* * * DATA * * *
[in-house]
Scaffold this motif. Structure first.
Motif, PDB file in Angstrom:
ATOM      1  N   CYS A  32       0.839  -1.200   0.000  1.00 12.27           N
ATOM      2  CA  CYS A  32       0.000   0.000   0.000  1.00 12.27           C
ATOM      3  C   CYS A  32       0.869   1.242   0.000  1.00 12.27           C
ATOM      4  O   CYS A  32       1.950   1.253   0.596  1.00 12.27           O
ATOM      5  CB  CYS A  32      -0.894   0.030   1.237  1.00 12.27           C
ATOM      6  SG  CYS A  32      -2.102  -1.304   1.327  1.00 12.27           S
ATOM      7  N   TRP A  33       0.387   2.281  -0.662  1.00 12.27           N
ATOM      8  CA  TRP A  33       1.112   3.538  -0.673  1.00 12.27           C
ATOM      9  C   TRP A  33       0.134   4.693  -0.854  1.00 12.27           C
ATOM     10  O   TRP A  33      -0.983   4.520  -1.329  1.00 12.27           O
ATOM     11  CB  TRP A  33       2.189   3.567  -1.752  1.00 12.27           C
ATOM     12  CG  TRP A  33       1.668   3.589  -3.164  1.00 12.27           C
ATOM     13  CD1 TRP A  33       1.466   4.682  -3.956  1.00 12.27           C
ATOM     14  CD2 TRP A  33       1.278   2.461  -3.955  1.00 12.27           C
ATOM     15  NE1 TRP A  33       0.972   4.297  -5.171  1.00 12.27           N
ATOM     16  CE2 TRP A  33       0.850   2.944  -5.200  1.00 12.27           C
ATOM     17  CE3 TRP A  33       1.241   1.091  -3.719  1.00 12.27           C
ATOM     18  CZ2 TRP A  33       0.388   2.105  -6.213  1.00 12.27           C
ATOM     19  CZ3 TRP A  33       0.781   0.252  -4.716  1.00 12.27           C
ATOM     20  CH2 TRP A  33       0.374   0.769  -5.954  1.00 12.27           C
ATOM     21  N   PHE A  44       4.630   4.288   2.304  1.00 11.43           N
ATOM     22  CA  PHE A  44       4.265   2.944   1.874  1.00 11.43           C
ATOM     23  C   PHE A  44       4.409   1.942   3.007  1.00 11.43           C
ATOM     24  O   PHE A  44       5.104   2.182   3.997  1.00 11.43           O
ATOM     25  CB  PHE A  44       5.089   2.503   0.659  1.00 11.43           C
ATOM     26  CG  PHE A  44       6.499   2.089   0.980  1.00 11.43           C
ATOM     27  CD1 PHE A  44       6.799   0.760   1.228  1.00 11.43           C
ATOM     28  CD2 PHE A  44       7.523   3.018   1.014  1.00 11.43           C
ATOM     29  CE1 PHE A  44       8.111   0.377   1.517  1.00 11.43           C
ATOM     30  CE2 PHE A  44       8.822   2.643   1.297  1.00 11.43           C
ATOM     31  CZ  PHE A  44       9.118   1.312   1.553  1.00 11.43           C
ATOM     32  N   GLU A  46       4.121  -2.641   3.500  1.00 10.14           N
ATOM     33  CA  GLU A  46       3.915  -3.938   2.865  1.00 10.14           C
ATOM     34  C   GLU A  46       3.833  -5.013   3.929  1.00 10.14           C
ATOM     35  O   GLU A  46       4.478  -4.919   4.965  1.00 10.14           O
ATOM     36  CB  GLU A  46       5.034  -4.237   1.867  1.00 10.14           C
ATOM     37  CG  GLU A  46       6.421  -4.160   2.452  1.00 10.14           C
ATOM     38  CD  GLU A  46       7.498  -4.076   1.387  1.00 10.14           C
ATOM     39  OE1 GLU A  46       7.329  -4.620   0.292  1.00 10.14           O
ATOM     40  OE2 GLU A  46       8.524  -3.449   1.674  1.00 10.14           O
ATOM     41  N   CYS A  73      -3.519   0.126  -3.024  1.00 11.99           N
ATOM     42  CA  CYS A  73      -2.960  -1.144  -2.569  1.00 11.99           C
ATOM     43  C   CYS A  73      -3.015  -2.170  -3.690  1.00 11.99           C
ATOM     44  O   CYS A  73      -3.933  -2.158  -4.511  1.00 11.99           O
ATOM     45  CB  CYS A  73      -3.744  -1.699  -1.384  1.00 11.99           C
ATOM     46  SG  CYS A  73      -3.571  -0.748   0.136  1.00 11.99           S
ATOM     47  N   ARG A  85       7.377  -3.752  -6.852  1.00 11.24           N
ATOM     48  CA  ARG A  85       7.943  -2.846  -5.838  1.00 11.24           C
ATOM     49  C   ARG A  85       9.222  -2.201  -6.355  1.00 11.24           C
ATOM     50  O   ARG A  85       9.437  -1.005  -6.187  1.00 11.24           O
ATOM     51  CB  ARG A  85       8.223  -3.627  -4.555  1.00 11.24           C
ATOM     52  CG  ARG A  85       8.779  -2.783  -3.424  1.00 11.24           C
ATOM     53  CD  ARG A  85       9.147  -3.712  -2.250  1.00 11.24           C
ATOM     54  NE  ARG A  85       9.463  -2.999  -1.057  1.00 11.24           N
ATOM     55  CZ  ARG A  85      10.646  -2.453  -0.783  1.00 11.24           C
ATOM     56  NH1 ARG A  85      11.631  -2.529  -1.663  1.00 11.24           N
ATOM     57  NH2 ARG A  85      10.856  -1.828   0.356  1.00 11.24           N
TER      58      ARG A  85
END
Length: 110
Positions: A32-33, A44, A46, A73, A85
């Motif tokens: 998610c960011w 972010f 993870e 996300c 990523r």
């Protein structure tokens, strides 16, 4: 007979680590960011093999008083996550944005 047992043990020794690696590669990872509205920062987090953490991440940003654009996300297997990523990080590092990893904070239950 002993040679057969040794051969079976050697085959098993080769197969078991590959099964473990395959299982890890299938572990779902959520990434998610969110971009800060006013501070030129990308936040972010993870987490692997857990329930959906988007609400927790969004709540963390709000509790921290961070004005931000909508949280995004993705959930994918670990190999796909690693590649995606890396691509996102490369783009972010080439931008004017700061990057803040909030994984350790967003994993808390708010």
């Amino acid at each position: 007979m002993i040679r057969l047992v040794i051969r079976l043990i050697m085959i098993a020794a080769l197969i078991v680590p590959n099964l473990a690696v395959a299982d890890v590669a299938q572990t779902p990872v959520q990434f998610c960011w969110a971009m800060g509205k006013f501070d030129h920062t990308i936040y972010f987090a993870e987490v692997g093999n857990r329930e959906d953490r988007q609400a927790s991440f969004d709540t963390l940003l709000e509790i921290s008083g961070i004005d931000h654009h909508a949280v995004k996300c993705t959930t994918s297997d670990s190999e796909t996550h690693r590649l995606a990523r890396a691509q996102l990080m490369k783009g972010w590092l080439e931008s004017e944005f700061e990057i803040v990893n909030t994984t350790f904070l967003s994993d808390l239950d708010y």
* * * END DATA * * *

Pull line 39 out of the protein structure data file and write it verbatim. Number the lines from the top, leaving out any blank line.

ATOM     36  CB  GLU A  46       5.034  -4.237   1.867  1.00 10.14           C